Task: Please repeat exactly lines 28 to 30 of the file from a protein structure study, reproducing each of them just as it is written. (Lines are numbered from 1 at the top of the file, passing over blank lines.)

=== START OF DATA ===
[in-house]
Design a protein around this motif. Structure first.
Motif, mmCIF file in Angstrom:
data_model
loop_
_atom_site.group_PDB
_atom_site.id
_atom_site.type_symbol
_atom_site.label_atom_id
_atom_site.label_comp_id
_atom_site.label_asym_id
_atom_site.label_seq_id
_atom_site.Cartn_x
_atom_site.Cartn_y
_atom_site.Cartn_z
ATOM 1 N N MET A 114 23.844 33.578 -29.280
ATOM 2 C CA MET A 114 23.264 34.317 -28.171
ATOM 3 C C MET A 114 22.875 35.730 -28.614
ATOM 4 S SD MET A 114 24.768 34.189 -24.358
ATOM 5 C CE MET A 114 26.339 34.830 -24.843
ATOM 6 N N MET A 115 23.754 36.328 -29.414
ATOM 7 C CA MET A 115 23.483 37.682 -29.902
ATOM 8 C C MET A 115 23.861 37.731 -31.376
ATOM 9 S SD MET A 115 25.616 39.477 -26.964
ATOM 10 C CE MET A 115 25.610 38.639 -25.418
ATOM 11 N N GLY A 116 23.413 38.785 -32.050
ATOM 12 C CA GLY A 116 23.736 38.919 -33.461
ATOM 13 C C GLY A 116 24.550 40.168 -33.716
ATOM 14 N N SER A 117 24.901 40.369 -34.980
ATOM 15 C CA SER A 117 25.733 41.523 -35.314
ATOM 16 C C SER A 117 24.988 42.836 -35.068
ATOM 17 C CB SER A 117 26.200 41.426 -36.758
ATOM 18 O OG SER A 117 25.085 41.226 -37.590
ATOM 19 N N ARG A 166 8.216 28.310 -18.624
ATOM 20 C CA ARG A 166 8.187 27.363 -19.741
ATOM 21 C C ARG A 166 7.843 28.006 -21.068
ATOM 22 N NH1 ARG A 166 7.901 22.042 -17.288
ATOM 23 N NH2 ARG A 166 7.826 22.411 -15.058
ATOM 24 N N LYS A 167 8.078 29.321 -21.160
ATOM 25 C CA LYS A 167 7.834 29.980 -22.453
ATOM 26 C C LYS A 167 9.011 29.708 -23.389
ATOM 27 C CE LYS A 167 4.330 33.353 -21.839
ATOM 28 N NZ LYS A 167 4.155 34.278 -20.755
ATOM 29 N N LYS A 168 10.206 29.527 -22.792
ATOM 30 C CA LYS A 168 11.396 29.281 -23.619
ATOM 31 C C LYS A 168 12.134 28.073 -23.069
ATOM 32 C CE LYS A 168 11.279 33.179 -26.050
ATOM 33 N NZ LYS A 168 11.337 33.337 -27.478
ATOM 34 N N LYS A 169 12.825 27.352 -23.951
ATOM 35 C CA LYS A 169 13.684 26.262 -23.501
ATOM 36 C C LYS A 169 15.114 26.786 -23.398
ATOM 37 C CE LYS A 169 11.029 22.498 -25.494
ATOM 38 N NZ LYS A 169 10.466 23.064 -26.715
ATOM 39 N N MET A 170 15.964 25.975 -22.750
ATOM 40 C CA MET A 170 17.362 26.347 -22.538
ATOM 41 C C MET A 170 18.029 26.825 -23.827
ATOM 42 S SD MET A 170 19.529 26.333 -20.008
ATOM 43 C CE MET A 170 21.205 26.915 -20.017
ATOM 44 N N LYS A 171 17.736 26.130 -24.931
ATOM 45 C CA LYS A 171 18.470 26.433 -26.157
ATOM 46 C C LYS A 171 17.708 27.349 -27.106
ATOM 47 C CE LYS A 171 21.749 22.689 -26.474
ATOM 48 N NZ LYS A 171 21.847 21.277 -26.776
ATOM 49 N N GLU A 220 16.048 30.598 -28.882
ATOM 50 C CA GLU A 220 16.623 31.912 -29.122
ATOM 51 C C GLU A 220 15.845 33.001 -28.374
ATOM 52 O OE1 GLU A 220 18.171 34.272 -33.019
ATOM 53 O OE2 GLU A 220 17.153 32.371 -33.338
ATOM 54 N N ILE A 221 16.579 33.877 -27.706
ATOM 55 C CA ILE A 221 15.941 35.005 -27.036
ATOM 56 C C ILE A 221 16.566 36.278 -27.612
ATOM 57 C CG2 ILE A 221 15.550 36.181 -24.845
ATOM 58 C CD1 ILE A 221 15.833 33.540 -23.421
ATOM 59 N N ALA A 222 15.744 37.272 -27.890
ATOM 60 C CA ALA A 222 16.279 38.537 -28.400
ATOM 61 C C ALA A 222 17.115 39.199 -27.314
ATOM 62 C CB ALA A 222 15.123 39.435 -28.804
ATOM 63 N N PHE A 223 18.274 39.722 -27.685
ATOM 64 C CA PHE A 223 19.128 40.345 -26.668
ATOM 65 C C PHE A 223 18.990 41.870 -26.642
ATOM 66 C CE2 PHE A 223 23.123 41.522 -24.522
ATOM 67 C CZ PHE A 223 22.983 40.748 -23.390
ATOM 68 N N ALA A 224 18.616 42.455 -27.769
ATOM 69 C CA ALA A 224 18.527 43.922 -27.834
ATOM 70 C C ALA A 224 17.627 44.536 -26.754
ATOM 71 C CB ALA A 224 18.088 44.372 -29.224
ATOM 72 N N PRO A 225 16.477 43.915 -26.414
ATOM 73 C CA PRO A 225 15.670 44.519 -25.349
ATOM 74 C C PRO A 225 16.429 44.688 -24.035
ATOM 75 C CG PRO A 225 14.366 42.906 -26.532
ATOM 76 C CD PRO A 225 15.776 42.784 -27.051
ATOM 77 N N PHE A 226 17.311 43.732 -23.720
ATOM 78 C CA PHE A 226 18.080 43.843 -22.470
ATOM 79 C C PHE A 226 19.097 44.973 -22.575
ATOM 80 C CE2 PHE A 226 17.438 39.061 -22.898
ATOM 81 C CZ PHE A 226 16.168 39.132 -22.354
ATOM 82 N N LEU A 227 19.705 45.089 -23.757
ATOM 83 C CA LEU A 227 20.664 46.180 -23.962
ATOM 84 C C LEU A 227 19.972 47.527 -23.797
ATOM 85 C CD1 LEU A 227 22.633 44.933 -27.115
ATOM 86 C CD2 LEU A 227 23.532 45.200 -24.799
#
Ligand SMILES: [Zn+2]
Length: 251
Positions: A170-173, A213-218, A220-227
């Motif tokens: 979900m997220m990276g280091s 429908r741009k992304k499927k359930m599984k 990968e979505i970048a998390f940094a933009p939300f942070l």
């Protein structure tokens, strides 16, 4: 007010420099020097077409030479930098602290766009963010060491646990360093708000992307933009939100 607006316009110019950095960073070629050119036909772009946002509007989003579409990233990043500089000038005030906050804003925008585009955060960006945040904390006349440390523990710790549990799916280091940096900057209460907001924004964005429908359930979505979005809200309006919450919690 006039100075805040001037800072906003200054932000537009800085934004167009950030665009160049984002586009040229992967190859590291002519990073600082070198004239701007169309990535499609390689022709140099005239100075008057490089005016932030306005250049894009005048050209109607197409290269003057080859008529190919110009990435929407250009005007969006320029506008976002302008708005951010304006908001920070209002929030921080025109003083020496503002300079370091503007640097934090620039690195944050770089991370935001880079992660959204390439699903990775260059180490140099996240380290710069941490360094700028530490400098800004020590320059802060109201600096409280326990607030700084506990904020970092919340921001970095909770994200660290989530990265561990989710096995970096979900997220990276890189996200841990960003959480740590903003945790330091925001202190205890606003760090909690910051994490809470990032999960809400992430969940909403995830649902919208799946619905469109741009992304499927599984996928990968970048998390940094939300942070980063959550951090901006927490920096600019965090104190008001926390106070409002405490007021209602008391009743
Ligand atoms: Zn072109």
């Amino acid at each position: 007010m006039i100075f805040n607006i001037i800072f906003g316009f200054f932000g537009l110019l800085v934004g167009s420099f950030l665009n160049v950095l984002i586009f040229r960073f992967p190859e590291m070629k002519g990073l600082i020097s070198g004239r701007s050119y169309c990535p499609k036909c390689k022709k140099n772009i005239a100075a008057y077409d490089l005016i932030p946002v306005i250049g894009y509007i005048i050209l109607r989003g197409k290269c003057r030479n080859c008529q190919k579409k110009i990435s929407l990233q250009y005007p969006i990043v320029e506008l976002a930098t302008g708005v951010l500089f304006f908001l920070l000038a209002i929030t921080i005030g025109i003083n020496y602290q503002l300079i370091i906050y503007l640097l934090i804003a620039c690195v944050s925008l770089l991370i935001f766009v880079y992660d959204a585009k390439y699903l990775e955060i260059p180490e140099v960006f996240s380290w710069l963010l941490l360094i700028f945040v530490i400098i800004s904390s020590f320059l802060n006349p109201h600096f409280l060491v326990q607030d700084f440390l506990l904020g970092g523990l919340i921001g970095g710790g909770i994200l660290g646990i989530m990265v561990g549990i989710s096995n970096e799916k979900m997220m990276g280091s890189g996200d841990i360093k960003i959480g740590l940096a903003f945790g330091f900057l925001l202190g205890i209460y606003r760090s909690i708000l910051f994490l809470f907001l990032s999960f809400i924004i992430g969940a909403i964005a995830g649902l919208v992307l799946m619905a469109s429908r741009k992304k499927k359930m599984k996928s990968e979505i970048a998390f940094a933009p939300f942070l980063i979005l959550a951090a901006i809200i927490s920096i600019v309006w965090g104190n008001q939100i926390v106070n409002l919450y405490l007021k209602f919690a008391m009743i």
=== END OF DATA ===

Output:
ATOM 13 C C GLY A 116 24.550 40.168 -33.716
ATOM 14 N N SER A 117 24.901 40.369 -34.980
ATOM 15 C CA SER A 117 25.733 41.523 -35.314